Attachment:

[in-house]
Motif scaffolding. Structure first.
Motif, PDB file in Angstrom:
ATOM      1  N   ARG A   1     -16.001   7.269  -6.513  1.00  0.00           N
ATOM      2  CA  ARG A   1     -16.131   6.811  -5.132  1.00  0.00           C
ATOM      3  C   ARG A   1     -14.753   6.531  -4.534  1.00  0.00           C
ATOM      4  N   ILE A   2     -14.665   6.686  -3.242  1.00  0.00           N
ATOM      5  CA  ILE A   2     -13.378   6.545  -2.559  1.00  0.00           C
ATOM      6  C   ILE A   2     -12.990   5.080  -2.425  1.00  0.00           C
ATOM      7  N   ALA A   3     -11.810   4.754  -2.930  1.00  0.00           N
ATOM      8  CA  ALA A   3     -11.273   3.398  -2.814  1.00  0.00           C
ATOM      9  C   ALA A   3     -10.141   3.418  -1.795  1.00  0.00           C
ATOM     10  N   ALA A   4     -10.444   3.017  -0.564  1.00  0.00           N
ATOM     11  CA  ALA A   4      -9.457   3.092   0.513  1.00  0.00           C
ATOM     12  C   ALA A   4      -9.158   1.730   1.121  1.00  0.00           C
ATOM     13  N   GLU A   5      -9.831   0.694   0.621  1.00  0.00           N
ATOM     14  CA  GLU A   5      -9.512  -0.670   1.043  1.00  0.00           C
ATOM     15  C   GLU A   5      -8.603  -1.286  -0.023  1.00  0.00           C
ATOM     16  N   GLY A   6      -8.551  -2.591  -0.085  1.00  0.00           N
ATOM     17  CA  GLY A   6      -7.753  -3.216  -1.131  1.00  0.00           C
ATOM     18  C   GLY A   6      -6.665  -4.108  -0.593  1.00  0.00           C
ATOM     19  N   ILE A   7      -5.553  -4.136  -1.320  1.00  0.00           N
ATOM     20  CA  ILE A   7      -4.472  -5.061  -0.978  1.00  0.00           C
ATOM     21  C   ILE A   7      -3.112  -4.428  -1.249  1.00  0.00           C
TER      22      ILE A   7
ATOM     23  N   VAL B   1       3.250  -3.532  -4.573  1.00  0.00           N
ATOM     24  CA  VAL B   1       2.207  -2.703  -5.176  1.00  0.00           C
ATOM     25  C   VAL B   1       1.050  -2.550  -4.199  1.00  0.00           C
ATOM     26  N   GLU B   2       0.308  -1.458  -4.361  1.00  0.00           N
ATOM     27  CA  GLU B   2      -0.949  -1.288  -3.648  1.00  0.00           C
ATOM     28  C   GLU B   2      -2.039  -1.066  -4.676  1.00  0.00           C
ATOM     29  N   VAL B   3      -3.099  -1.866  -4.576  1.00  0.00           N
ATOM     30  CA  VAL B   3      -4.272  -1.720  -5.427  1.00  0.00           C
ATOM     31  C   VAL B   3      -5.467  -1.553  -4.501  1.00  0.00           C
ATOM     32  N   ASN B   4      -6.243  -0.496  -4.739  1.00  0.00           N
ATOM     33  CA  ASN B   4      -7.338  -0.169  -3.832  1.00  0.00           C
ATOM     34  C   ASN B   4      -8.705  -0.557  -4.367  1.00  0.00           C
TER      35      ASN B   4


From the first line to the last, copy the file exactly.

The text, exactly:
[in-house]
Motif scaffolding. Structure first.
Motif, PDB file in Angstrom:
ATOM      1  N   ARG A   1     -16.001   7.269  -6.513  1.00  0.00           N
ATOM      2  CA  ARG A   1     -16.131   6.811  -5.132  1.00  0.00           C
ATOM      3  C   ARG A   1     -14.753   6.531  -4.534  1.00  0.00           C
ATOM      4  N   ILE A   2     -14.665   6.686  -3.242  1.00  0.00           N
ATOM      5  CA  ILE A   2     -13.378   6.545  -2.559  1.00  0.00           C
ATOM      6  C   ILE A   2     -12.990   5.080  -2.425  1.00  0.00           C
ATOM      7  N   ALA A   3     -11.810   4.754  -2.930  1.00  0.00           N
ATOM      8  CA  ALA A   3     -11.273   3.398  -2.814  1.00  0.00           C
ATOM      9  C   ALA A   3     -10.141   3.418  -1.795  1.00  0.00           C
ATOM     10  N   ALA A   4     -10.444   3.017  -0.564  1.00  0.00           N
ATOM     11  CA  ALA A   4      -9.457   3.092   0.513  1.00  0.00           C
ATOM     12  C   ALA A   4      -9.158   1.730   1.121  1.00  0.00           C
ATOM     13  N   GLU A   5      -9.831   0.694   0.621  1.00  0.00           N
ATOM     14  CA  GLU A   5      -9.512  -0.670   1.043  1.00  0.00           C
ATOM     15  C   GLU A   5      -8.603  -1.286  -0.023  1.00  0.00           C
ATOM     16  N   GLY A   6      -8.551  -2.591  -0.085  1.00  0.00           N
ATOM     17  CA  GLY A   6      -7.753  -3.216  -1.131  1.00  0.00           C
ATOM     18  C   GLY A   6      -6.665  -4.108  -0.593  1.00  0.00           C
ATOM     19  N   ILE A   7      -5.553  -4.136  -1.320  1.00  0.00           N
ATOM     20  CA  ILE A   7      -4.472  -5.061  -0.978  1.00  0.00           C
ATOM     21  C   ILE A   7      -3.112  -4.428  -1.249  1.00  0.00           C
TER      22      ILE A   7
ATOM     23  N   VAL B   1       3.250  -3.532  -4.573  1.00  0.00           N
ATOM     24  CA  VAL B   1       2.207  -2.703  -5.176  1.00  0.00           C
ATOM     25  C   VAL B   1       1.050  -2.550  -4.199  1.00  0.00           C
ATOM     26  N   GLU B   2       0.308  -1.458  -4.361  1.00  0.00           N
ATOM     27  CA  GLU B   2      -0.949  -1.288  -3.648  1.00  0.00           C
ATOM     28  C   GLU B   2      -2.039  -1.066  -4.676  1.00  0.00           C
ATOM     29  N   VAL B   3      -3.099  -1.866  -4.576  1.00  0.00           N
ATOM     30  CA  VAL B   3      -4.272  -1.720  -5.427  1.00  0.00           C
ATOM     31  C   VAL B   3      -5.467  -1.553  -4.501  1.00  0.00           C
ATOM     32  N   ASN B   4      -6.243  -0.496  -4.739  1.00  0.00           N
ATOM     33  CA  ASN B   4      -7.338  -0.169  -3.832  1.00  0.00           C
ATOM     34  C   ASN B   4      -8.705  -0.557  -4.367  1.00  0.00           C
TER      35      ASN B   4